Certainly, it is always in the best interest of the contender to provide counter evidence whenever possible. This is simply best practice since anything one can use to strengthen their case should be employed. Even in a trial, the defendant should attempt to disprove the allegations and not simply content themselves with poking holes in the prosecutions case, even though they would be right in so doing. That being said, the burden of proof is a reality of debating. It will fall on one or both parties, never on neither. So, it is not a fallacy.

At best, the only fallacy one could devise is the case in which the contender appeals to burden of proof without actually disproving the instigator. For example, I claim soylent green is made of people and provide evidence of my claim. It would be fallacious for the crowd in the room to say that I have the burden of undeniable proof, and since my proof is deniable, I have failed to meet my burden. This is a straw man fallacy, not a burden of proof fallacy. However, it would be perfectly reasonable for the room to convincingly show my arguments to be, for instance, non sequitar and an appeal to ignorance, and then say I have failed to logically meet my burden of proof--despite the fact that they have provided no counter evidence.

At best, my opponent has exposed a rather overused straw man fallacy and in the process misrepresented the concept of burden of proof. Burden of proof is not a fallacy; it is within the very nature of debate. Indeed, without burden of proof on at least on side, debate would be meaningless.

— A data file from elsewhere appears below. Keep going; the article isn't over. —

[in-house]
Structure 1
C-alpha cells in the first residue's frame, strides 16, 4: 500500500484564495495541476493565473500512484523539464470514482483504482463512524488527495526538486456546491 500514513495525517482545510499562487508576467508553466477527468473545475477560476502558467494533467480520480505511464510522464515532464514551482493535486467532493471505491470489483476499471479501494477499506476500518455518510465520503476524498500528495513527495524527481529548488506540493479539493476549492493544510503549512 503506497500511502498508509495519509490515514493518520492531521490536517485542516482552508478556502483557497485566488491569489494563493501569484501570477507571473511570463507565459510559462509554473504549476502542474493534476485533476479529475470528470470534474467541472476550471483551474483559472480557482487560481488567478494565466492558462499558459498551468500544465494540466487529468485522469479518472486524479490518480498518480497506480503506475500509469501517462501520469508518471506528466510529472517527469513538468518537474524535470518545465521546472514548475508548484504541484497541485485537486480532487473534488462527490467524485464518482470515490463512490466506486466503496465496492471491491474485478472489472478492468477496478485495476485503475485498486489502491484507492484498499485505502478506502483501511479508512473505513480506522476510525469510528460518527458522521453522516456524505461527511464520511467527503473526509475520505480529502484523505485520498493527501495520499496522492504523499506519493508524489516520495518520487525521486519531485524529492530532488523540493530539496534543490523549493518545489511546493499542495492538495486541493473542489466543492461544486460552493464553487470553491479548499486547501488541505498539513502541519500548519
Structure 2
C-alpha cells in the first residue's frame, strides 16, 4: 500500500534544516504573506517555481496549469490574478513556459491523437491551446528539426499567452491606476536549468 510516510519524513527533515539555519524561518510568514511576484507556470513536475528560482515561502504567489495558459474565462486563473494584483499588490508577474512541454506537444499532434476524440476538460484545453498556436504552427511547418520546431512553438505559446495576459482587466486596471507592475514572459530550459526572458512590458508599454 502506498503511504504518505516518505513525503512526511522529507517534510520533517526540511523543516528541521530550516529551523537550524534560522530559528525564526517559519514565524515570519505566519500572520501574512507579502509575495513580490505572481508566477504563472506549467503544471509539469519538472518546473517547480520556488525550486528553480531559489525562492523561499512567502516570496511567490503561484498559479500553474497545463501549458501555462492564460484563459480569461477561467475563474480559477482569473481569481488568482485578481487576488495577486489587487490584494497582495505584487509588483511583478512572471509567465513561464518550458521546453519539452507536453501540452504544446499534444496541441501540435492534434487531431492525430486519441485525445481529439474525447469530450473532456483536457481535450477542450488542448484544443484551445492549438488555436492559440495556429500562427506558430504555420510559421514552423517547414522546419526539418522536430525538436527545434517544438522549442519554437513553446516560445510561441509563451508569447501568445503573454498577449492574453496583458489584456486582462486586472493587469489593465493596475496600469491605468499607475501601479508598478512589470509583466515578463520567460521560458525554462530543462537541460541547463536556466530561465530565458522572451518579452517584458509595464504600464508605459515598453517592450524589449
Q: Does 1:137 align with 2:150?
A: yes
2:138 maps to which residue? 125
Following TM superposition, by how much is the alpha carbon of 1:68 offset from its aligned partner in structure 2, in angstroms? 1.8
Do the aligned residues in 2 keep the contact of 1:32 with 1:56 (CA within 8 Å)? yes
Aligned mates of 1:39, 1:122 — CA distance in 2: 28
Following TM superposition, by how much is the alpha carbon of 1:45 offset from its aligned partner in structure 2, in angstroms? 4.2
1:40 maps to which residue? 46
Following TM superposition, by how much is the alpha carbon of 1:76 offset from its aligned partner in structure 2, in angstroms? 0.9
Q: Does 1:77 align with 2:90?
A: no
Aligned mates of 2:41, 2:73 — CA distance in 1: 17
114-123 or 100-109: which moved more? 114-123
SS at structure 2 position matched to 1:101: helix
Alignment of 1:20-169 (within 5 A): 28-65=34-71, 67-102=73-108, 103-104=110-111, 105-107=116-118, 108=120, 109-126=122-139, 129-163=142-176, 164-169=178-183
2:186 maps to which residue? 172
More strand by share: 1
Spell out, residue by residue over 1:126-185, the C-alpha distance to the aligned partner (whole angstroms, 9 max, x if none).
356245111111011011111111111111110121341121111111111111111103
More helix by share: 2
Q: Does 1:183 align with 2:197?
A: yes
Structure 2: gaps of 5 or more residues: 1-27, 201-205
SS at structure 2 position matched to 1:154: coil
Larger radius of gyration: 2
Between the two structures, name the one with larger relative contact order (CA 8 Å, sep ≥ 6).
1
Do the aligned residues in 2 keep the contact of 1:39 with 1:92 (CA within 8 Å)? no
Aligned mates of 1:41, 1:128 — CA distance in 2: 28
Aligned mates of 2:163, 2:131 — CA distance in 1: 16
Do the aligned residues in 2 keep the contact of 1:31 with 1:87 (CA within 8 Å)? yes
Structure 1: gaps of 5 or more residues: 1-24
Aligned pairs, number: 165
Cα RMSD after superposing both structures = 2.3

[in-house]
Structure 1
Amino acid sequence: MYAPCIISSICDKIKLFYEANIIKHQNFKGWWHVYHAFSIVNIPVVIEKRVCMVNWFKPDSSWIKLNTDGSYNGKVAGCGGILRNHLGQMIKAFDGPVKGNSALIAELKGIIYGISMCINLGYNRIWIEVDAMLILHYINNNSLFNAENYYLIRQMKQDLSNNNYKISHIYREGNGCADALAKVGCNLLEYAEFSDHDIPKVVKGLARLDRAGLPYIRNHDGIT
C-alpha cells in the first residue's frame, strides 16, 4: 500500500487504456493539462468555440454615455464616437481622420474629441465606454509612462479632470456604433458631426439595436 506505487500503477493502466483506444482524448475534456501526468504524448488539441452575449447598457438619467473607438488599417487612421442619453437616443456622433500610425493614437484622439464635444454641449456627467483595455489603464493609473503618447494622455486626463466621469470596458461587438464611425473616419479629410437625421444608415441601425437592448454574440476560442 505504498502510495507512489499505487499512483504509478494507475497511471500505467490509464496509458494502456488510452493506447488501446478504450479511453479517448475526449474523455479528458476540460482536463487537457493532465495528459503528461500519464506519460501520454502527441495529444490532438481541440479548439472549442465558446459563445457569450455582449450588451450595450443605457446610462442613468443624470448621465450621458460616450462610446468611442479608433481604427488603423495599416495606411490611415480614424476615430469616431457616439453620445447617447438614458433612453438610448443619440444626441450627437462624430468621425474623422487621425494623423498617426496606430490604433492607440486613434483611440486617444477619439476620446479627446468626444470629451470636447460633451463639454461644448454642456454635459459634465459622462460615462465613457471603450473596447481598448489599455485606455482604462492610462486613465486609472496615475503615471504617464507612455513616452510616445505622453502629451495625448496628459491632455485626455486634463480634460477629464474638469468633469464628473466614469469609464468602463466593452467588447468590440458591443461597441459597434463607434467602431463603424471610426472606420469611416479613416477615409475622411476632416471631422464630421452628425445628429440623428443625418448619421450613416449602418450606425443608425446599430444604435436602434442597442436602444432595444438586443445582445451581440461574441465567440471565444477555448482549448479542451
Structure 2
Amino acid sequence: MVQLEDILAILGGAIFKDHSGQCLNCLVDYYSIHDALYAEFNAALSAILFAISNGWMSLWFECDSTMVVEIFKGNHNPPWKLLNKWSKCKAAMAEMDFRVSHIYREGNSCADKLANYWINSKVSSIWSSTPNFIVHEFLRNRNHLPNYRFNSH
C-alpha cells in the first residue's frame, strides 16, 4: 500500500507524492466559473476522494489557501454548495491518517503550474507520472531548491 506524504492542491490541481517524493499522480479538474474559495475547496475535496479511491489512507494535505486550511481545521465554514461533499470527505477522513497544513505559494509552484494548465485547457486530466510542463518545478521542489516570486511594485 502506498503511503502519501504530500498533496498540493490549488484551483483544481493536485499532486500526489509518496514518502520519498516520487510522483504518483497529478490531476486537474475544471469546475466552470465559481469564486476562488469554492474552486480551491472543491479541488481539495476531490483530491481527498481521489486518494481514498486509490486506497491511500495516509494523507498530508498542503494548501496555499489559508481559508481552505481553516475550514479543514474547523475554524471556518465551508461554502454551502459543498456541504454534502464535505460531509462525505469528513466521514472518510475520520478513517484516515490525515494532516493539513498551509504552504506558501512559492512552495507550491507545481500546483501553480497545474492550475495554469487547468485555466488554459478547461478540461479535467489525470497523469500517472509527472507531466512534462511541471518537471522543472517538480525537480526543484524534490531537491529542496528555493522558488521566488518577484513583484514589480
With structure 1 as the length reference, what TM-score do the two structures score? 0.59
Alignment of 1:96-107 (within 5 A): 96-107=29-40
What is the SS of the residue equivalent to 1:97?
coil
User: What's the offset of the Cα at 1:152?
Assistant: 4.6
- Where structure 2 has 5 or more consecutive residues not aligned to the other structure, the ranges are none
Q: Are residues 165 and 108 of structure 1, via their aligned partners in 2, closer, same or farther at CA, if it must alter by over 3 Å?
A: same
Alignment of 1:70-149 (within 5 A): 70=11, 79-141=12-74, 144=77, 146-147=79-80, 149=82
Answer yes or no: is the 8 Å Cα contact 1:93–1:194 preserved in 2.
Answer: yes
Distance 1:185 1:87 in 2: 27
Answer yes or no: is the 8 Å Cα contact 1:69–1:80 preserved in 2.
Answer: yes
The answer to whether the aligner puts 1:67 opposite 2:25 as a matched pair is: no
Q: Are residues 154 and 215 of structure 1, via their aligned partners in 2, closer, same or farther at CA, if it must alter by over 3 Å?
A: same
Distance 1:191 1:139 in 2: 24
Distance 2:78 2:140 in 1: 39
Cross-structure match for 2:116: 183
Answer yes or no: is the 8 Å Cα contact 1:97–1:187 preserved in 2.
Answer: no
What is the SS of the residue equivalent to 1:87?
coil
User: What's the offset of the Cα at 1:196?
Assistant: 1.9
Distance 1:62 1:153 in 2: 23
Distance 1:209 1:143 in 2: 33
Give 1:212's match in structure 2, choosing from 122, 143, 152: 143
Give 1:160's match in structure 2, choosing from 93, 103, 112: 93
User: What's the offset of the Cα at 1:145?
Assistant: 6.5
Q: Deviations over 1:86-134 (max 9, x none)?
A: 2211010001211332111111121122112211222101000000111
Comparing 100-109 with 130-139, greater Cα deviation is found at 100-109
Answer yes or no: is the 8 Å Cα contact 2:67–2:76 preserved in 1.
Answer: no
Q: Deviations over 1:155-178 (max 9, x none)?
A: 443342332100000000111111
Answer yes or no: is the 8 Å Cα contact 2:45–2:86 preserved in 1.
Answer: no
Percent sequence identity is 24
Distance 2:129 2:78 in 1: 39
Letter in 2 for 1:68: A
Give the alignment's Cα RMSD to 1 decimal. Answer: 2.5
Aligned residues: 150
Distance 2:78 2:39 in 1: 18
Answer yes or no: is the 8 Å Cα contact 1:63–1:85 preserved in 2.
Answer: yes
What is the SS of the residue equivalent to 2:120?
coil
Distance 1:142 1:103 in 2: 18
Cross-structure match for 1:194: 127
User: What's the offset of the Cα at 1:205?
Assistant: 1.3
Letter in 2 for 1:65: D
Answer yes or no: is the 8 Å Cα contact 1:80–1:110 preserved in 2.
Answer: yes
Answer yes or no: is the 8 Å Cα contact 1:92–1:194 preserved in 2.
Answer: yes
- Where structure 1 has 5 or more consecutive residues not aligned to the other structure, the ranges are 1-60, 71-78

Negated.
Debate Round No. 1
CogitoErgoCogitoSum

Pro

CogitoErgoCogitoSum forfeited this round.
KRFournier

Con

I extend my arguments from the previous round.
Debate Round No. 2
CogitoErgoCogitoSum

Pro

CogitoErgoCogitoSum forfeited this round.
KRFournier

Con

Unfortunately, my opponent did not make an appearance beyond his opening remarks. As a result, my rebuttal remains unrefuted and final. Vote Con.
Debate Round No. 3
No comments have been posted on this debate.
5 votes have been placed for this debate. Showing 1 through 5 records.
Vote Placed by Mr_Jack_Nixon 7 years ago
Mr_Jack_Nixon
CogitoErgoCogitoSumKRFournierTied
Agreed with before the debate:--Vote Checkmark0 points
Agreed with after the debate:--Vote Checkmark0 points
Who had better conduct:-Vote Checkmark-1 point
Had better spelling and grammar:--Vote Checkmark1 point
Made more convincing arguments:-Vote Checkmark-3 points
Used the most reliable sources:--Vote Checkmark2 points
Total points awarded:04 
Vote Placed by The_Booner 8 years ago
The_Booner
CogitoErgoCogitoSumKRFournierTied
Agreed with before the debate:-Vote Checkmark-0 points
Agreed with after the debate:-Vote Checkmark-0 points
Who had better conduct:-Vote Checkmark-1 point
Had better spelling and grammar:-Vote Checkmark-1 point
Made more convincing arguments:-Vote Checkmark-3 points
Used the most reliable sources:-Vote Checkmark-2 points
Total points awarded:07 
Vote Placed by InquireTruth 8 years ago
InquireTruth
CogitoErgoCogitoSumKRFournierTied
Agreed with before the debate:--Vote Checkmark0 points
Agreed with after the debate:--Vote Checkmark0 points
Who had better conduct:-Vote Checkmark-1 point
Had better spelling and grammar:-Vote Checkmark-1 point
Made more convincing arguments:-Vote Checkmark-3 points
Used the most reliable sources:-Vote Checkmark-2 points
Total points awarded:07 
Vote Placed by JustCallMeTarzan 8 years ago
JustCallMeTarzan
CogitoErgoCogitoSumKRFournierTied
Agreed with before the debate:-Vote Checkmark-0 points
Agreed with after the debate:-Vote Checkmark-0 points
Who had better conduct:-Vote Checkmark-1 point
Had better spelling and grammar:--Vote Checkmark1 point
Made more convincing arguments:-Vote Checkmark-3 points
Used the most reliable sources:--Vote Checkmark2 points
Total points awarded:04 
Vote Placed by KRFournier 8 years ago
KRFournier
CogitoErgoCogitoSumKRFournierTied
Agreed with before the debate:-Vote Checkmark-0 points
Agreed with after the debate:-Vote Checkmark-0 points
Who had better conduct:-Vote Checkmark-1 point
Had better spelling and grammar:-Vote Checkmark-1 point
Made more convincing arguments:-Vote Checkmark-3 points
Used the most reliable sources:-Vote Checkmark-2 points
Total points awarded:07